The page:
John Waraniak, SEMA vice president of vehicle technology, addresses members of the Equipment and Tool Institute.
By Allan Janssen
John Waraniak pulls no punches when he talks about the impact of advanced automotive technology on the automotive aftermarket.
Armed with dozens of arresting slides in his presentation deck, the vice president of vehicle technology for the Specialty Equipment Manufacturers Association, says auto repair professionals are in for a wild ride in the years to come, as engineers roll out mind-blowing products.
“The autonomous vehicle is the biggest disruptor of our lifetime,” he told delegates at a recent Equipment and Tool Institute conference. “Make no mistake about it. We are in a period of massive change in this industry.”
It’s a message that is being told every time shop owners and technicians get together. Great transformational change is rewriting the rules of the aftermarket.
‘The aftermarket cannot
remain in the 21st Century
when the manufacturing sector
firmly moves into
the 22nd Century.’
Hardly an industry event goes by anymore where the subject of advanced vehicle technology isn’t front and centre, with a special emphasis on how shops need to evolve in coming years just to keep up.
Shop owners and technicians alike have already had to start adapting to fundamental changes at almost every level of the business – from how the vehicle works, to how it is diagnosed, what tools are needed, how service information is accessed, and where to find the best training.
On top of all that, demographics and social media are radically altering how consumers find service providers and how they expect to be treated.
All of these changes are well monitored by industry associations. But what is less often discussed is how this ongoing evolution is affecting stress levels within the shop right now.
A recent study by IMR Inc., an automotive research firm based in Naperville, Ill., has found that shop owners and technicians identify new technology issues as being their biggest hurdle to overcome.
Asked to rate the biggest challenges facing auto repair shops, the most common answer from owners (31.6% of respondents) was “Staying up to date with advanced diagnostics.”
The answer was even clearer from technicians themselves, who put technology-related issues in the top six spots. Their biggest concerns are finding time for hands-on training, staying on top of advances in vehicle technology, affording new diagnostic tools and software, understanding electronic systems, and having broad repair skills.
“The rapid pace of changing technology has put automotive technicians in a time crunch,” the research company concludes. “The core challenge is simply to keep up with system changes and diagnostic procedures.”
While automotive shops mentioned keeping up with advances in vehicle technology (31.1%) as a challenge, they also believe their technicians will be specifically challenged with having broad enough skills to be able to repair all types of vehicles (17.5%) including older, newer, foreign and electric vehicles.
The challenge of keeping up with technology is hard enough without roadblocks imposed by carmakers, says Diane Freeman, executive director of the Automotive Aftermarket Retailers of Ontario.
At the association’s recent annual general meeting, held in Oakville, Ont., AARO members discussed rapidly advancing vehicle electronics and the difficulty of accessing some OE service information.
James Shields, president of Tommy’s Motors in London, Ont., said it is clear automotive repair and service shops need to be well aware of what will be expected of them in coming years. Shops will have to study, train, and tool up if they’re going to stay in the game. And they’re going to have to lobby hard for service information.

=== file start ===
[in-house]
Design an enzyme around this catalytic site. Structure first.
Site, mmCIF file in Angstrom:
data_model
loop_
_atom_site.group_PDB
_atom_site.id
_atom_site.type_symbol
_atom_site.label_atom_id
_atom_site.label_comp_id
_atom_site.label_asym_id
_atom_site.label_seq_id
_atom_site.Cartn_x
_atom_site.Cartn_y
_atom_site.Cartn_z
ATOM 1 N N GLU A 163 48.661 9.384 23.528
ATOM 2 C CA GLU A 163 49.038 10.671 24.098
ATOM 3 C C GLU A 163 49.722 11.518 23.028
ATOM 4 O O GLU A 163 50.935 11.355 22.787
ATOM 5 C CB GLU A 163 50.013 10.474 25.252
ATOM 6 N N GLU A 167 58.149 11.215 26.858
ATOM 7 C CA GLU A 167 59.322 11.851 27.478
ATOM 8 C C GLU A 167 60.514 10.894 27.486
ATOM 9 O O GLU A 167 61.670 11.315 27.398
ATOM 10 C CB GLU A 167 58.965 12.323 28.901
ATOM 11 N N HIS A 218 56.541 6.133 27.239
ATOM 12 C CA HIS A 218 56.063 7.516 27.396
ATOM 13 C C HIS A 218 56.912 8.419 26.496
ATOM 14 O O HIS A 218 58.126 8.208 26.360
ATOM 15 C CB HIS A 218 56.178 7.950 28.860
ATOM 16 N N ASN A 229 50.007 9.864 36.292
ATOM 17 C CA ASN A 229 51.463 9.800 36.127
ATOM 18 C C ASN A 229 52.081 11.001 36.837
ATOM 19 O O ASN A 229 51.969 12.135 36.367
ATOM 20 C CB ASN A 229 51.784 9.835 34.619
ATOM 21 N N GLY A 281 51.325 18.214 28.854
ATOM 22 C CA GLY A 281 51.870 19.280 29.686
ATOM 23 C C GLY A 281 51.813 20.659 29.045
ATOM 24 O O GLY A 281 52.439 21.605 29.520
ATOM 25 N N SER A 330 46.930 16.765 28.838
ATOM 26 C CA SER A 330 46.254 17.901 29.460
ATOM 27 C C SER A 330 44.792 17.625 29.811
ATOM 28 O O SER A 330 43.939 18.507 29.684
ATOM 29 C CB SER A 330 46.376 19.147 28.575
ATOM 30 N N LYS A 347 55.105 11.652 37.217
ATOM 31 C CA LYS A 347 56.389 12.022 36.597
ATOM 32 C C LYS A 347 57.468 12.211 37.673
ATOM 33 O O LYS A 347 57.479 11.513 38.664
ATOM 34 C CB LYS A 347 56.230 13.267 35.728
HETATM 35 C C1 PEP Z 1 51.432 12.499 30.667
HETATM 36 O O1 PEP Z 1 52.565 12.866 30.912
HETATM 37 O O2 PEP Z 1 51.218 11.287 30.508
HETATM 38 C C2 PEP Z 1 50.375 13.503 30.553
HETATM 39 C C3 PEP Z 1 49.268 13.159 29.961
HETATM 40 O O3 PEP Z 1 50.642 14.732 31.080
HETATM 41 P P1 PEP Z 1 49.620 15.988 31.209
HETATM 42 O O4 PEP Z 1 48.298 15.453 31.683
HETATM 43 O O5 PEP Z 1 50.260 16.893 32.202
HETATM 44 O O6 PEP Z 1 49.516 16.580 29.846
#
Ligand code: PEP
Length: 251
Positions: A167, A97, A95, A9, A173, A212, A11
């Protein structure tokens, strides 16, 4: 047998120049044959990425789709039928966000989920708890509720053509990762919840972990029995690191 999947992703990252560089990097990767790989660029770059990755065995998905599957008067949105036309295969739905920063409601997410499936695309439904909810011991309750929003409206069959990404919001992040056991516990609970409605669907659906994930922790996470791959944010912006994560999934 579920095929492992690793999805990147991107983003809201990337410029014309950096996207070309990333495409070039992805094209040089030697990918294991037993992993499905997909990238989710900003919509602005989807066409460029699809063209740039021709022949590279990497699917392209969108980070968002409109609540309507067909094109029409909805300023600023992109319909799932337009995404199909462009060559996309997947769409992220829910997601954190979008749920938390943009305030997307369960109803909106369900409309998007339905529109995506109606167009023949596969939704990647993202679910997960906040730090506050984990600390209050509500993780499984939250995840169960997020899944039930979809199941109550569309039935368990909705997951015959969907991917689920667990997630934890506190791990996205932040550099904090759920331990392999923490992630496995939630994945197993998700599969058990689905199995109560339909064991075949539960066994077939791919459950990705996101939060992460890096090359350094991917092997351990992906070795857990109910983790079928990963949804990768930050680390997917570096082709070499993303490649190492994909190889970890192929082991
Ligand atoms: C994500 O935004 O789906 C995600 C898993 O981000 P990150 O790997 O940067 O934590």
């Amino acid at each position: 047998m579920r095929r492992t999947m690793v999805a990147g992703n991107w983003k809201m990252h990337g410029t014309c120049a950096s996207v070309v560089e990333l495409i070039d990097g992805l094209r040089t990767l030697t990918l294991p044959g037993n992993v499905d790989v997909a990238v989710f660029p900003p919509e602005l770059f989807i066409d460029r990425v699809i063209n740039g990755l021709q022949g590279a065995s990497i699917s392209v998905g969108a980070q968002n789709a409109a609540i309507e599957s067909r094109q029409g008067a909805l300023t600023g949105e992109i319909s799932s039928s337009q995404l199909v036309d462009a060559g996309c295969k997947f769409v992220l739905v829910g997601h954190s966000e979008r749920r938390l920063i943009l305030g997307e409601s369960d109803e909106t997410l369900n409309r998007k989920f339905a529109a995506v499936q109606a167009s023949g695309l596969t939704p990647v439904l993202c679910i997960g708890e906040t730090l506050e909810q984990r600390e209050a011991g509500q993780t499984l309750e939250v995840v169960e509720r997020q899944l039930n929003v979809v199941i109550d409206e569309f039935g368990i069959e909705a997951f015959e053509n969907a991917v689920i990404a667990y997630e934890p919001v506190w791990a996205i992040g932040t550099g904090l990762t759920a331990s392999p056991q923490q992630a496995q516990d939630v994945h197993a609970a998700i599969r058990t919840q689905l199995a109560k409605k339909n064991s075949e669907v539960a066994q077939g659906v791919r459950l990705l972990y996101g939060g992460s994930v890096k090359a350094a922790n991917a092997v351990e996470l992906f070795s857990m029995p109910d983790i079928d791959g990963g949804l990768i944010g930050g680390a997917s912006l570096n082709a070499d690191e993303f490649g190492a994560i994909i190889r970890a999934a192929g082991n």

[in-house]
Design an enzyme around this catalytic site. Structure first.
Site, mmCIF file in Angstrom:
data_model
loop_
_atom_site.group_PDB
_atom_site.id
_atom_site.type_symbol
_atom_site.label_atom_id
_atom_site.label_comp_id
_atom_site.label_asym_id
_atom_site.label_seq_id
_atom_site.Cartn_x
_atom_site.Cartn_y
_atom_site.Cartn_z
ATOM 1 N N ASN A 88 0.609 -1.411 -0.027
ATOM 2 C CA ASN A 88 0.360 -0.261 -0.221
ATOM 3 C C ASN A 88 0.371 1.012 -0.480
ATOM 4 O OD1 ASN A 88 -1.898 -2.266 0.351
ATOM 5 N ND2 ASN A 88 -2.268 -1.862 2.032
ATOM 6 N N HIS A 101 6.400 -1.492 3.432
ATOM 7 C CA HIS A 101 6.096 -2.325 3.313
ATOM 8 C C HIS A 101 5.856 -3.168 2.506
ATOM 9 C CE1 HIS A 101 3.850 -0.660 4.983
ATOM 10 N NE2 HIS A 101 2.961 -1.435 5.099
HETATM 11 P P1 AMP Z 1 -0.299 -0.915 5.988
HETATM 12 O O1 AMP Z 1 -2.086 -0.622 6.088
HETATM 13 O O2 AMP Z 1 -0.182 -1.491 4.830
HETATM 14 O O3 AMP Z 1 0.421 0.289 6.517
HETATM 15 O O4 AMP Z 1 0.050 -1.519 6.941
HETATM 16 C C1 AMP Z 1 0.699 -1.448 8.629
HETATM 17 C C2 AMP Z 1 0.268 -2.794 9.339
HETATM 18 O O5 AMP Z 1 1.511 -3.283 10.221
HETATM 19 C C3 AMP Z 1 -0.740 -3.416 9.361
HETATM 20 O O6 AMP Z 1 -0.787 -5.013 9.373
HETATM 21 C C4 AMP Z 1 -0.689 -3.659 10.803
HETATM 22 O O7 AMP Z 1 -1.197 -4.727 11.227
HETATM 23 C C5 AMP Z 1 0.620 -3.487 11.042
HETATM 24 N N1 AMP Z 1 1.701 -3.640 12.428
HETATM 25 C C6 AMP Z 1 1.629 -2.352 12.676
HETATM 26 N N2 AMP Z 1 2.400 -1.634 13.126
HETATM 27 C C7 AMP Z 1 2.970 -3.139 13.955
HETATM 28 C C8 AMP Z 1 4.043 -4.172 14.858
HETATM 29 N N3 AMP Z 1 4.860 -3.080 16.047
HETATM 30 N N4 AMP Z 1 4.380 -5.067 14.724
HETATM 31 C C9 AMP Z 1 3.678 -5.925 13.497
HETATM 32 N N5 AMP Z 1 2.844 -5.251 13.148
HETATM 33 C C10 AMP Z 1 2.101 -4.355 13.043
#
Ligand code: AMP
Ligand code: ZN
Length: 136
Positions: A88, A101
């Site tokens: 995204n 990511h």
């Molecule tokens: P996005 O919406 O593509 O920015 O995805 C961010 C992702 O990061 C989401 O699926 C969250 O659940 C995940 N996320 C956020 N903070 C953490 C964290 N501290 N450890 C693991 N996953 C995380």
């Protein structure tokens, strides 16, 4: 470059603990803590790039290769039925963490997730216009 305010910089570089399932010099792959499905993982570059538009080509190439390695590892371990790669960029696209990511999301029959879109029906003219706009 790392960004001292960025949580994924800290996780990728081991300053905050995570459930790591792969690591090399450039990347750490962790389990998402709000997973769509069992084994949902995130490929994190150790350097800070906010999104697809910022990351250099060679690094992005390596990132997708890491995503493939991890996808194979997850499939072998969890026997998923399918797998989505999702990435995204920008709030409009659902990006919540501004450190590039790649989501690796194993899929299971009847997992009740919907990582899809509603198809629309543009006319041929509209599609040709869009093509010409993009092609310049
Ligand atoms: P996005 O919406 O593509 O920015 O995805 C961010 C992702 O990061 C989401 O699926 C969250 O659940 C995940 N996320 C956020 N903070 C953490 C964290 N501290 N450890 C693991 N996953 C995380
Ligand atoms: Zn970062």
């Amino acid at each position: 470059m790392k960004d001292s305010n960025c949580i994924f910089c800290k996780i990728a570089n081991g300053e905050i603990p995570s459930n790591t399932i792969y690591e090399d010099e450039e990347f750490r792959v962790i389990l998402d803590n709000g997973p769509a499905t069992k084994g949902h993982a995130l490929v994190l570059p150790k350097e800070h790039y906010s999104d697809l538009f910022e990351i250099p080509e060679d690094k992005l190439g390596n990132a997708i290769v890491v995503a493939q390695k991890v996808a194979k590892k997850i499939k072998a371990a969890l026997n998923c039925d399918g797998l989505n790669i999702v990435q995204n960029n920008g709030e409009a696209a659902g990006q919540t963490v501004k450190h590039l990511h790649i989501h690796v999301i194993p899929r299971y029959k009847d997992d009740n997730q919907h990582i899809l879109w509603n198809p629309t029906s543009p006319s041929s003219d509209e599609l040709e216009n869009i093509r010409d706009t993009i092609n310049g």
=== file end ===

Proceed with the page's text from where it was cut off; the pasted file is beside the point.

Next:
“This is going to become more dire every year,” he said.
Toronto shop owner John Cochrane agreed, saying shops that don’t take a proactive position on technology and service information will steadily find themselves relegated to the sidelines.
“It’s insidious,” he said. “You slowly become unable to handle this make and then that make. This is something we have to take very seriously!”
Jason Best of Spectra Premium Industries is the former chairman of the Automotive Industries Association of Canada. He’s been advocating for an aftermarket response of new training and management responses to the technological revolution that is underway.
In his incoming speech, he described the evolutions he has seen in the automotive industry during his career.
“The challenges that we see today and those that we are anticipating in the future require adaptation from everyone in our industry,” he said. “The aftermarket cannot remain in the 21st Century when the manufacturing sector firmly moves into the 22nd Century.”
IMR Inc. says the challenge is felt more urgently by larger repair shops with larger client bases.
“The emphasis on keeping up with diagnostic technology was especially noted by larger shops,” it reported. “Only 18.0% of shops with one to three bays prioritized that concern, compared to 37.1% of shops with four to seven bays, and 38.3% of shops with eight or more bays.”
The IMR study also looked at what advice technicians and shop owners would give to young people considering a career as a technician. By far the biggest guidance offered was to focus on education and training.
The most common piece of advice aimed at young people who are considering a career in automotive repair is to “get the best education possible.” That was the advice of some 35.5% of respondents.
Almost one in five technicians (19.6%) recommended taking as much employer-paid training as possible.
Industry watchers have long urged the aftermarket to make a more dedicated commitment to ongoing training. By all accounts, the days of resting on experience are over. New, previously unimagined technology is coming… and technicians are going to have to go back to school.